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LAPD watchdog vows to erase backlog in use-of-force reports

Police Commission's inspector general is supposed to report the agency's findings for every instance of an officer firing his weapon or using serious force. About 240 cases have not been reviewed.

May 19, 2010|By Joel Rubin, Los Angeles Times

The independent watchdog of the Los Angeles Police Department vowed Tuesday to tackle a backlog of public reports on police shootings and other violent encounters with suspects.

Nicole Bershon, the newly selected inspector general of the Los Angeles Police Commission, told commission members that her staff would attempt to publish five of the neglected reports each week in a bid to erase the entrenched backlog. There are about 240 cases for which reports have not be done.

Four years ago, the commission that oversees the LAPD instructed Bershon's predecessor to publish a report on every case in which an officer fires his weapon, strikes someone on the head or uses other types of serious force.

The reports were to include a summary of the incident and the commission's determination of whether the officer's actions were in line with department policies. Although limited in the details they provide, the summaries are the only available avenue for the media and the public to track the outcome of use-of-force investigations.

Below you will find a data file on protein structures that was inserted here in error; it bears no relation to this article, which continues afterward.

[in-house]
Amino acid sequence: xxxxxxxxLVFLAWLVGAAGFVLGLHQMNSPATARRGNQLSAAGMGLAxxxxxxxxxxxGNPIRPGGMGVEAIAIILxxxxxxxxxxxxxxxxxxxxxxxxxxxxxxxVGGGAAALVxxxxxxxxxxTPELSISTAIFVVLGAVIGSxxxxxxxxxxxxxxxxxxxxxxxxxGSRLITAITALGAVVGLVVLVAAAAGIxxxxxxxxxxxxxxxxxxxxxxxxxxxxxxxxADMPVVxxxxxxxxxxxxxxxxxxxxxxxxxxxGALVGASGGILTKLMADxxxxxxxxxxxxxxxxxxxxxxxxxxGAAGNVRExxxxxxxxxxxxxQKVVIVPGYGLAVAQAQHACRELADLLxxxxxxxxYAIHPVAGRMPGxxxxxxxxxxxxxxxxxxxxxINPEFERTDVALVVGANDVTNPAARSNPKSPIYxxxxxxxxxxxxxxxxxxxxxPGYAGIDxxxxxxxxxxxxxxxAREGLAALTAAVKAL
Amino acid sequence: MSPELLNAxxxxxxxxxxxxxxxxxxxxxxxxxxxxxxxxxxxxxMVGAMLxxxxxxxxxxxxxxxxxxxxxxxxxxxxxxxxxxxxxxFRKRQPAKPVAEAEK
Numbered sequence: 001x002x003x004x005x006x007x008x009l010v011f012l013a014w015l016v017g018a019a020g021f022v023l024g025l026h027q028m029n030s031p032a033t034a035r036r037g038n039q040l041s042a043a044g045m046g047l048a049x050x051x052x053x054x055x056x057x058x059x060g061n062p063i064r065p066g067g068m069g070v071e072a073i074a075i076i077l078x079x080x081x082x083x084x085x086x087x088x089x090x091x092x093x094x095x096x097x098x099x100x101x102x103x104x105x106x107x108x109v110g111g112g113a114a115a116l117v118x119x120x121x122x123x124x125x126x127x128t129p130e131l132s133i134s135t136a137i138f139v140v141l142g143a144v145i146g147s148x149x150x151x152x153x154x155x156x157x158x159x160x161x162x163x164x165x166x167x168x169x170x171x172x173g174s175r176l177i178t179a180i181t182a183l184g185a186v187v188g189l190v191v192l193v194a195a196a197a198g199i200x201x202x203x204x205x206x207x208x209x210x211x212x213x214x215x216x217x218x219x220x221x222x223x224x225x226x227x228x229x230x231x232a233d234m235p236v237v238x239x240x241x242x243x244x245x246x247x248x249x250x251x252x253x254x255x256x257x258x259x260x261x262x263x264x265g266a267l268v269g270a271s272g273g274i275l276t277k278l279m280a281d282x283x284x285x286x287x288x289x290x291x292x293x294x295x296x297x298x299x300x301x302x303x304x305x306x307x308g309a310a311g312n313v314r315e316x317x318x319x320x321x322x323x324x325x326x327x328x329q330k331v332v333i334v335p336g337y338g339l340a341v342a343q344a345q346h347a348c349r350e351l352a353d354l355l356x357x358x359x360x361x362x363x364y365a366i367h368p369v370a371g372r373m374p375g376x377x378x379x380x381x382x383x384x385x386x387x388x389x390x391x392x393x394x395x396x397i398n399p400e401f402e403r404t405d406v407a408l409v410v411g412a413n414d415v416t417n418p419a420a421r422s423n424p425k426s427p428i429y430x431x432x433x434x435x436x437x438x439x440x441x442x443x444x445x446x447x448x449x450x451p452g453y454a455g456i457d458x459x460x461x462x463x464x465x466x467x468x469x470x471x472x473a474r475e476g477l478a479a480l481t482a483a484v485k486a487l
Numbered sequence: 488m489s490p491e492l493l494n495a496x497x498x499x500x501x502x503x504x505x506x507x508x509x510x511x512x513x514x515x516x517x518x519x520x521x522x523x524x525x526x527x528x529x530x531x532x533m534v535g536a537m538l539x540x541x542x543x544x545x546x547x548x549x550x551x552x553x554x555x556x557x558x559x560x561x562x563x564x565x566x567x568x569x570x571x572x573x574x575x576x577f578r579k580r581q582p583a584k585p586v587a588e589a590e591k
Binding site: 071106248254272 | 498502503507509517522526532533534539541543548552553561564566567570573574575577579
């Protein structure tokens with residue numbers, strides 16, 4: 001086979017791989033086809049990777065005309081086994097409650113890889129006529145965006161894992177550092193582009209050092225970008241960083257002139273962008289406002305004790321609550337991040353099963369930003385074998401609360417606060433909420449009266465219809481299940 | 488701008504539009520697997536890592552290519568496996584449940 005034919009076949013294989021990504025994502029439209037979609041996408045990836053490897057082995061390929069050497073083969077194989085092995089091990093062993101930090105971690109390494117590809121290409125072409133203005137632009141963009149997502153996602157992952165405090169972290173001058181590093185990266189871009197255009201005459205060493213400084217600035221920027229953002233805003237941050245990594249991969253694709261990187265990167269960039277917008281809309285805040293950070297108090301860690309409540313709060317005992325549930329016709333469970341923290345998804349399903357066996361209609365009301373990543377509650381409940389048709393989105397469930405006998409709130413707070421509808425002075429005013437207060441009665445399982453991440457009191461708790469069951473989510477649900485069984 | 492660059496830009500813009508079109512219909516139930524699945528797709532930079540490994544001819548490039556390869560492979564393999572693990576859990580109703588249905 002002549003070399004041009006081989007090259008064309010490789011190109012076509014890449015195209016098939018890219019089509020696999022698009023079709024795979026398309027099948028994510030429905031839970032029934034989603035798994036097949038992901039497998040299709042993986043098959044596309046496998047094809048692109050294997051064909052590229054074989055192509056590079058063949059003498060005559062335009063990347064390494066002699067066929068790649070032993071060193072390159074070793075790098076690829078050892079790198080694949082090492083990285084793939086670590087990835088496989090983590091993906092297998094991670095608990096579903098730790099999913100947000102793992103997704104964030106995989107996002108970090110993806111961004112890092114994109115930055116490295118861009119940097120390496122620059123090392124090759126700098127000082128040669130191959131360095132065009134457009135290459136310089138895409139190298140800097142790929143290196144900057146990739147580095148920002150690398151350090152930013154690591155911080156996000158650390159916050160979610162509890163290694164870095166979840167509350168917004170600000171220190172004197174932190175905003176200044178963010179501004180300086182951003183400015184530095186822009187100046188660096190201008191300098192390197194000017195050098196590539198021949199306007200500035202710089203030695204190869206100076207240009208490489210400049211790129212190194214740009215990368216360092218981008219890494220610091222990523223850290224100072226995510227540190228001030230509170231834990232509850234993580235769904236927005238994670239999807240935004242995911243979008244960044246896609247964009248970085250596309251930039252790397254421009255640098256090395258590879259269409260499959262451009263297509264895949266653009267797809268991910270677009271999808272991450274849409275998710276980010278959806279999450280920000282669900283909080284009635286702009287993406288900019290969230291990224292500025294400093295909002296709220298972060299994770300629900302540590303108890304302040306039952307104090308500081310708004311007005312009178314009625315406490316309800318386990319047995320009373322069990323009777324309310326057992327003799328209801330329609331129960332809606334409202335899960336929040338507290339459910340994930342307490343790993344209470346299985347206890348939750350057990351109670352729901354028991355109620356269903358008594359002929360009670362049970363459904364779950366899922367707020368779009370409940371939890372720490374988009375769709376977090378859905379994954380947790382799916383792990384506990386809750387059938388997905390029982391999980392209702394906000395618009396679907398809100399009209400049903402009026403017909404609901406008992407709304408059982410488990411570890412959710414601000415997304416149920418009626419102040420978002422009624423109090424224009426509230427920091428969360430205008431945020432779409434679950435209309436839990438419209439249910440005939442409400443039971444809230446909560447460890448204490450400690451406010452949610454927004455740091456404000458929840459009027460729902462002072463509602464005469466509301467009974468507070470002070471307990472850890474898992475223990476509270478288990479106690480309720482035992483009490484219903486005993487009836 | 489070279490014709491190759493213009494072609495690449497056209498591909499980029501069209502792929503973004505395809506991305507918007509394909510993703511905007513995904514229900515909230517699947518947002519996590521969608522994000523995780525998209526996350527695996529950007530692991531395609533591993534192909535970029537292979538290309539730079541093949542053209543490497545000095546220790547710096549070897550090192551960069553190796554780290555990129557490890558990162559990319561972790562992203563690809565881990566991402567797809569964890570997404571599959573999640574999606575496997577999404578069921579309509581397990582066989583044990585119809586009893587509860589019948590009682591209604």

The inspector general's office fell behind from the outset and all but ceased writing the reports last year. Among the unreported decisions are at least a dozen cases in which the commission ruled the officer had improperly used deadly force and should be disciplined, according to a review last week by The Times.

After being questioned about the summaries by a Times reporter, commission President John Mack directed Bershon to address the issue on the day he announced her as the new inspector general.

In comments to the commission at a meeting Tuesday, Bershon acknowledged the problem and said a handful of summaries had been completed in recent days. She mistakenly told commissioners, however, that The Times had erred in counting more than 100 cases in which officers accidentally fired their weapons or shot dogs. Those types of cases, she said, were not part of the reporting policy. But Richard Tefank, the commission's executive director, confirmed that those cases do require public summaries.

With a depleted staff responsible for completing a wide array of audits and reports, it remains to be seen whether Bershon will be able to maintain her goal of five reports each week while keeping up with the steady influx of new cases.

Mack said he planned to petition city officials for permission to fill vacancies in the inspector general's office despite a citywide hiring freeze.

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